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How do I specify a model based on panel data using the lmer package in a case where (a) my dependent variable is on the group level and the predictors vary across the group and individual level (b) my dependent variable is on the individual level and the predictors vary across group and individual level?

I have created an example data set to illustrate my question:

Let's imagine we observe a doctor working in a clinic and we have both independent variables and dependent variables on the individual level (doctor) and the group level (clinic).

The "1" (individual) and "2" (group) at the end of each variable label indicate at which level the variable was observed.

da1 <- data.frame(doctor_id1 = c(1,1,1,1,2,2,2,2,3,3,3,3), 
          clinic_id2 = c(1,1,1,1,1,1,1,1,2,2,2,2), 
          period = c("sept19", "oct19", "nov19", "dec19", "sept19", 
                     "oct19", "nov19", "dec19", "sept19", "oct19", 
                     "nov19", "dec19"), 
          clinic_income2 = c(120, 40, 300, 220, 120, 40, 300, 220, 40, 
                             60, 50, 76), 
          doctor_income1 = c(4, 3, 6, 5, 11, 14, 13, 12, 6, 7, 7, 8), 
          n_doctors2 = c(10,10,11,9,10,10,11,9,6,6,6,5), 
          n_diagnosis1 = c(6,8,11,4,5,11,9,3,7,2,6,8))

da1
   doctor_id1 clinic_id2 period clinic_income2 doctor_income1 n_doctors2 n_diagnosis1
1           1          1 sept19            120              4         10            6
2           1          1  oct19             40              3         10            8
3           1          1  nov19            300              6         11           11
4           1          1  dec19            220              5          9            4
5           2          1 sept19            120             11         10            5
6           2          1  oct19             40             14         10           11
7           2          1  nov19            300             13         11            9
8           2          1  dec19            220             12          9            3
9           3          2 sept19             40              6          6            7
10          3          2  oct19             60              7          6            2
11          3          2  nov19             50              7          6            6
12          3          2  dec19             76              8          5            8

My intuition would be to specify the model as follows:

Group-level dependent variable:

summary(reg1a <- lmer(clinic_income2 ~ n_doctors2 + 
                      (n_diagnosis1 | doctor_id1) + 
                      (1 | clinic_id2), data = da1))

or

summary(reg1b <- lmer(clinic_income2 ~ n_doctors2 + n_diagnosis1 + 
                      (1 | clinic_id2/doctor_id1), data = da1))

Individual-level dependent variable:

summary(reg2a <- lmer(doctor_income1 ~ n_diagnosis1 + 
                      (n_doctors2 | clinic_id2) + (1 | doctor_id1), 
                        data = da1))

or

summary(reg2b <- lmer(doctor_income1 ~ n_diagnosis1 + n_doctors2 + 
                      (1 | doctor_id1/clinic_id2), data = da1))   
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1 Answer 1

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You are on the right track, but there are some key things to keep in mind. In multilevel or mixed models the dependent variable has to be at the lowest level of the hierarchy. In the case of your individual-level dependent variable, doctor_income1, this is actually a repeated measure within the group doctor1. Also, random slopes, which are predictor(s) for which you want to allow their association with the outcome to vary across clusters/groups, must come from the lower level of your hierarchy (i.e., variables ending in _1). So the first model you give for an individual-level dependent variable is not completely right. Instead, you could do the following, which given how you've coded your data is equivalent to your second model:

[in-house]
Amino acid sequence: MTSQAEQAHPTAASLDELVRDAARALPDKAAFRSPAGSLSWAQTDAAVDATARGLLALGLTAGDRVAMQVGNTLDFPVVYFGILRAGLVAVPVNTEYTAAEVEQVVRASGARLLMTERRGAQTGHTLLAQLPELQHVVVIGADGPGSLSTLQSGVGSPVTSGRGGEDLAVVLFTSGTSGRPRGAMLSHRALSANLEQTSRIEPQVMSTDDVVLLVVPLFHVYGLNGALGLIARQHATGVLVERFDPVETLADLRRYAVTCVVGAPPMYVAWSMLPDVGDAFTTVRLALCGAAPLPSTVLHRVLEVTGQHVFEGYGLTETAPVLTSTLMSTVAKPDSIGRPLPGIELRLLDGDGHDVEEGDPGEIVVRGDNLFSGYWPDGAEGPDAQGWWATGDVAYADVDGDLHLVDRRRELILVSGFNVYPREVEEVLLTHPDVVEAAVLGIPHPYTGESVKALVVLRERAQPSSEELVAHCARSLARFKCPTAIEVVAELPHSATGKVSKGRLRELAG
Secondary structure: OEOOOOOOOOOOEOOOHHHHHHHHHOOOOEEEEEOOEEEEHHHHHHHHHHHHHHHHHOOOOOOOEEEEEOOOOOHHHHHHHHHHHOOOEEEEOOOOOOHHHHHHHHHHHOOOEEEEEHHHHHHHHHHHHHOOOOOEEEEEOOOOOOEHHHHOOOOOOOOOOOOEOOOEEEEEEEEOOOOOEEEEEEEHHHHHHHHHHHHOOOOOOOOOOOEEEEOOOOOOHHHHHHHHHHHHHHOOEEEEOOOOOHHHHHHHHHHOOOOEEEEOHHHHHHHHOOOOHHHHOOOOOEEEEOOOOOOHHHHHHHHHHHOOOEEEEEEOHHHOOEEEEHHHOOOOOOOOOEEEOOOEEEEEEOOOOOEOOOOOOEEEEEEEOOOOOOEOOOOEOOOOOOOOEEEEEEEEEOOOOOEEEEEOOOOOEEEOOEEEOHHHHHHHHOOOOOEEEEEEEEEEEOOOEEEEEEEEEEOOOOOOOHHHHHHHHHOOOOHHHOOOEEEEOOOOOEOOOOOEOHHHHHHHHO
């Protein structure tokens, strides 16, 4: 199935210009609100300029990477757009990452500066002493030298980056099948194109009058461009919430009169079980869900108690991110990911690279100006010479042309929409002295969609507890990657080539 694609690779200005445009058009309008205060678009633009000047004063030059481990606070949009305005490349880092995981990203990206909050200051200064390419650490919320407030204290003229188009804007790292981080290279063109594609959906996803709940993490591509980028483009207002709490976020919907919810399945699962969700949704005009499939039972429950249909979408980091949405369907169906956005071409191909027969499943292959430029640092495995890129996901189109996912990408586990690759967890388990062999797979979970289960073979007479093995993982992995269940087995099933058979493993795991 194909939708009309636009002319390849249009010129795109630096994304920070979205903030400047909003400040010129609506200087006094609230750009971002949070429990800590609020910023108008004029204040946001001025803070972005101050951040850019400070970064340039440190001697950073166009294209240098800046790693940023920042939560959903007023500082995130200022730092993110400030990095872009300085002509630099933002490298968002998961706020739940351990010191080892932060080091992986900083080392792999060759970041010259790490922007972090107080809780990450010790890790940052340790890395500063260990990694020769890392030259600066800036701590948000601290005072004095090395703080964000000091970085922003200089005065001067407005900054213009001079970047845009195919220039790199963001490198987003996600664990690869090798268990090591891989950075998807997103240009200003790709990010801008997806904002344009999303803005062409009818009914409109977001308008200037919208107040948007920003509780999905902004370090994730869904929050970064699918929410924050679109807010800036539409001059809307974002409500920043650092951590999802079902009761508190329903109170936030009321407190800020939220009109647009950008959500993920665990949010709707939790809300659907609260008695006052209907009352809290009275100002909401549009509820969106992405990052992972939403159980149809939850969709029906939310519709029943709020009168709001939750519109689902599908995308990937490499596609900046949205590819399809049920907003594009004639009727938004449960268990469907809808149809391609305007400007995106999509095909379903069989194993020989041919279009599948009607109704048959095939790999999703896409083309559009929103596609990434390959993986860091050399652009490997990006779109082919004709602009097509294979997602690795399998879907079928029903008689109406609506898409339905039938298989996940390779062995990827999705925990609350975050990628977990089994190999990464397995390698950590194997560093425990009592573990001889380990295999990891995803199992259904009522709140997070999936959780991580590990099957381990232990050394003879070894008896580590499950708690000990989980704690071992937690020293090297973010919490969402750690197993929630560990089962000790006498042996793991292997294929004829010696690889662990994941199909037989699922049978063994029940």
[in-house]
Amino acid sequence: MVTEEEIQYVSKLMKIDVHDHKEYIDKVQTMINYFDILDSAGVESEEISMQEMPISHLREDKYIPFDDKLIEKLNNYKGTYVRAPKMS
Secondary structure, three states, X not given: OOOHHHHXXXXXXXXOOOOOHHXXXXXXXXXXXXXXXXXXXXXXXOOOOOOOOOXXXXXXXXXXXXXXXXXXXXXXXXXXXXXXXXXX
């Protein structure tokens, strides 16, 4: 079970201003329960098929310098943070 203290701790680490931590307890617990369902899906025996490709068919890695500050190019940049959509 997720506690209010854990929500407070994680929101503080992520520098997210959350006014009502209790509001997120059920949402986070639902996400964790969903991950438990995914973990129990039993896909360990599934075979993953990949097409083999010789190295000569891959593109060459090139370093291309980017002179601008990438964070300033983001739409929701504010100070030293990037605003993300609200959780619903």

summary(reg2a <- lmer(doctor_income1 ~ n_diagnosis1 + 
                   (1|clinic_id2) + (1|doctor_id1), data = da1))

In the case where you want to model a group-level (clinic) variable, then you have a couple of options.

  1. In mixed models, the dependent variable cannot be at the higher-level, unfortunately. Accordingly, you can model it as an OLS or GLM regression with the key being to calculate the group mean (and perhaps standard deviation) of each of the _1 variables.
require(dplyr)

da1 <- da1 %>% group_by(clinic_id2) %>% 
  mutate(mn_diag=mean(n_diagnosis1), sd_diag=sd(n_diagnosis1)) %>% 
  ungroup()
da2 <- da1 %>%  distinct(clinic_id2, .keep_all = TRUE) 
    # keep 1 row for each clinic_id2
lm1 <- lm(clinic_income2 ~ n_doctors2 + mn_diag + sd_diag, data=da2)
  1. Use a structural equation modeling program that can accomodate multilevel data. In R, lavaan can do this. Outside of R, Mplus can do this, as can Stata's gsem.
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  • $\begingroup$ Thanks for the detailed answer and the code! Is it really sufficient to use the mean values of the individual-level predictors when modeling the group-level outcome? There seems to be literature arguing that the mean needs to be adjusted in this case? $\endgroup$
    – Scijens
    Commented Feb 6, 2020 at 8:55
  • 1
    $\begingroup$ The best case scenario would be using something like latent decomposition (akin to what happens in lmer for the outcome variable), but this is done only in Mplus to my knowledge. . $\endgroup$
    – Erik Ruzek
    Commented Feb 6, 2020 at 12:50
  • $\begingroup$ Thank you, I will take a look. $\endgroup$
    – Scijens
    Commented Feb 7, 2020 at 13:41

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